Every business has its Key Roles.
Each organization has pivotal positions that are critical to get right.
Managers who understand that these roles and positions are often critical to success, are usually the ones who are ahead of the game
All teams have those really vital roles, where without people knowing what they are doing, the going would get very tough indeed. Those critical positions in the team that simply have to be right or things would become very difficult.
Because initially it isn’t practical to use succession planning for absolutely everyone in your business, these roles are the ones where a good manager initially focuses on, just to ensure continuity if the worst comes to the worst.
So it’s important to focus, at least to start with, on those roles where you would struggle when someone left or was unable to work for a while. The cataclysmic positions without which would be a serious threat to ongoing continuity.
Such roles are mostly pretty obvious, yet there will be some that even the most aware manager might not appreciate, so it’s worth considering how to analyze the whole team to see just who would be missed if they didn’t show up one day!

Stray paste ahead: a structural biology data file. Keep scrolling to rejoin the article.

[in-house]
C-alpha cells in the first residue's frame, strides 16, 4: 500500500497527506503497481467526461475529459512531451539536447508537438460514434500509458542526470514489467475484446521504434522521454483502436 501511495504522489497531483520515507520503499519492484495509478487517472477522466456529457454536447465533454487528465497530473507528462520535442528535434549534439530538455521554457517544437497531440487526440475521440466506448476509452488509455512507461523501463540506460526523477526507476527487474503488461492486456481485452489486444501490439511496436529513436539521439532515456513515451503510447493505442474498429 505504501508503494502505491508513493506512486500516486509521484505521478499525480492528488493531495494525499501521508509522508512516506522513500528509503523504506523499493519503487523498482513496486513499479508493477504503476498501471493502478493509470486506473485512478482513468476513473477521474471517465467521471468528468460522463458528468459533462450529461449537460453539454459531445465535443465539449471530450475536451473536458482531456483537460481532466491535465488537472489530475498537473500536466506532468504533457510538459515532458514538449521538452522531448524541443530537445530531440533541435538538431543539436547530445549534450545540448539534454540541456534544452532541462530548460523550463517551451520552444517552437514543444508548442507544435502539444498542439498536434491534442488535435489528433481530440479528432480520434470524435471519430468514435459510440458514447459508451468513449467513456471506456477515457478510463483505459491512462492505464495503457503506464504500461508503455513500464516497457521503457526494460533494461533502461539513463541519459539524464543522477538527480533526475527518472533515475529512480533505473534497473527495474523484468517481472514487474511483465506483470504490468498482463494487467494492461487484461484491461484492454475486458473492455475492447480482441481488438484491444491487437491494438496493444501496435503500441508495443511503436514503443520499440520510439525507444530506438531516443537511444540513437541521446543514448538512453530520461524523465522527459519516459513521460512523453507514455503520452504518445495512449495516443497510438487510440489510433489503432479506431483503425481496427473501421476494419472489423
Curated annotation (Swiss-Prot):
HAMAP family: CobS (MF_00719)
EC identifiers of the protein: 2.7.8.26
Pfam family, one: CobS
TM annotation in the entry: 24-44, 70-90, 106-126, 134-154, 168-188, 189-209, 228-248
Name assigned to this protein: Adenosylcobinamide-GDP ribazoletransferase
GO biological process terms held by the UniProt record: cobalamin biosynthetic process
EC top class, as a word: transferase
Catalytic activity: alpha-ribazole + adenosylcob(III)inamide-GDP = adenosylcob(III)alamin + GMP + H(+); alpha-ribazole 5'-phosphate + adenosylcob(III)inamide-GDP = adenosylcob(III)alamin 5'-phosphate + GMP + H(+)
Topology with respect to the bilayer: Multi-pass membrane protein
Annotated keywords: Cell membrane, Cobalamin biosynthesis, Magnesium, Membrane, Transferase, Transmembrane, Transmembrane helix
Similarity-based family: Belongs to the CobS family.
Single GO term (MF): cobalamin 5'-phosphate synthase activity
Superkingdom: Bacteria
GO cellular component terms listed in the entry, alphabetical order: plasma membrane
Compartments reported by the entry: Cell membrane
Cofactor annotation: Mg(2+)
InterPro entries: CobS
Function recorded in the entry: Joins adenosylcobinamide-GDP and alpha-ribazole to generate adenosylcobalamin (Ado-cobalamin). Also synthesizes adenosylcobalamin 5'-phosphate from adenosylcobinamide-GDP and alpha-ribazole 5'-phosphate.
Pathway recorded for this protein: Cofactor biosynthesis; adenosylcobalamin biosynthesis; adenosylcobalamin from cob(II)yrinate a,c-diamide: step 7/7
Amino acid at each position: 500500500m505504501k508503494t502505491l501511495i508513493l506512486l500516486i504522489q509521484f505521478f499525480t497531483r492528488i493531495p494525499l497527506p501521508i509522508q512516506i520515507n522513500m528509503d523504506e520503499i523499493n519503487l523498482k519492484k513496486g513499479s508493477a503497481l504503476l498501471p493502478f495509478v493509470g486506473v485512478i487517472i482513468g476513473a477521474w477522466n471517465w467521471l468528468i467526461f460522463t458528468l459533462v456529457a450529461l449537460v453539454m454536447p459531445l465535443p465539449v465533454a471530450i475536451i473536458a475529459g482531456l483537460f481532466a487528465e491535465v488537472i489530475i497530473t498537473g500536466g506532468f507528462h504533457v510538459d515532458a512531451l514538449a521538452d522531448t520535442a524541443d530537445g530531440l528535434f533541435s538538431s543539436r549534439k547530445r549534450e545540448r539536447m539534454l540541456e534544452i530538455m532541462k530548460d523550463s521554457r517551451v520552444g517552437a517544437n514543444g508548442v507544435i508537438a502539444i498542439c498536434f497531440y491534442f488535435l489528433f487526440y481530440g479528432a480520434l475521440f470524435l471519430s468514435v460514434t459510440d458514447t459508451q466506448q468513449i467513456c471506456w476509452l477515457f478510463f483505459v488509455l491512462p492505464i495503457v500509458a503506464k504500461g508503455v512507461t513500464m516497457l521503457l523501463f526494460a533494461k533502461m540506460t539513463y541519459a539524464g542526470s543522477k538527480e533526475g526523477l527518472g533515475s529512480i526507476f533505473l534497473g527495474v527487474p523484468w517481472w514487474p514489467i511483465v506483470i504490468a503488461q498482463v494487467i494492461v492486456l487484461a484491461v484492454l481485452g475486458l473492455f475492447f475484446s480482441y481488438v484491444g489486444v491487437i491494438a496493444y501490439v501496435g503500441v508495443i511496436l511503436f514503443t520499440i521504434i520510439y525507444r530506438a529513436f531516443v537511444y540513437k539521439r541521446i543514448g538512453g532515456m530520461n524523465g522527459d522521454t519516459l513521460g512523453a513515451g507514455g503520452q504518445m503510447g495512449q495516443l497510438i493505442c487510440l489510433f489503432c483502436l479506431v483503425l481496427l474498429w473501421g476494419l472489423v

To help identify the ‘Key Roles’, they are filled by employees who would:-
• Have very specific skills
• Have a particular level of experience
• Be carrying out a role alone
• Lead a team
• Be critical in some other way to the business
Some examples of these would be those with:-
• Management or Supervisory skills
• Technical skills
• Accounting skills
• Sales skills
• Particular responsibilities
• Extreme duties (e.g. key holders, very early or late hours)
There are, no doubt, many more – especially in your own unique situation – and it will be worth taking some time to ask the following question:-
“What would we do if he/she left tomorrow?”
…for every single employee in your team (and even, where your team intersects with others, perhaps those in other teams too).
This is can be a challenging exercise the first time through – and with a little practice, it does get easier as awareness builds and your support managers – where you have them – become more aware of the consequences of someone important going missing unexpectedly.
Far better for it to be a demanding challenge today when you are ahead of the game and able to prepare for the worst, than tomorrow or next month when one of your key people isn’t around anymore and you have no plan at all!
Great managers are able to size up where they are in solving the problem of losing those in key roles and manage it effectively, providing opportunities to learn and develop for those who might be able to stand up to short-term chances, to show what they can do when emergencies happen.
(c) 2010 Martin Haworth. This is a short excerpt from one of 52 lessons in management development at Super Successful Manager!, an easy to use, step-by-step weekly development program for managers of EVERY skill level. Find out more at http://www.SuperSuccessfulManager.com.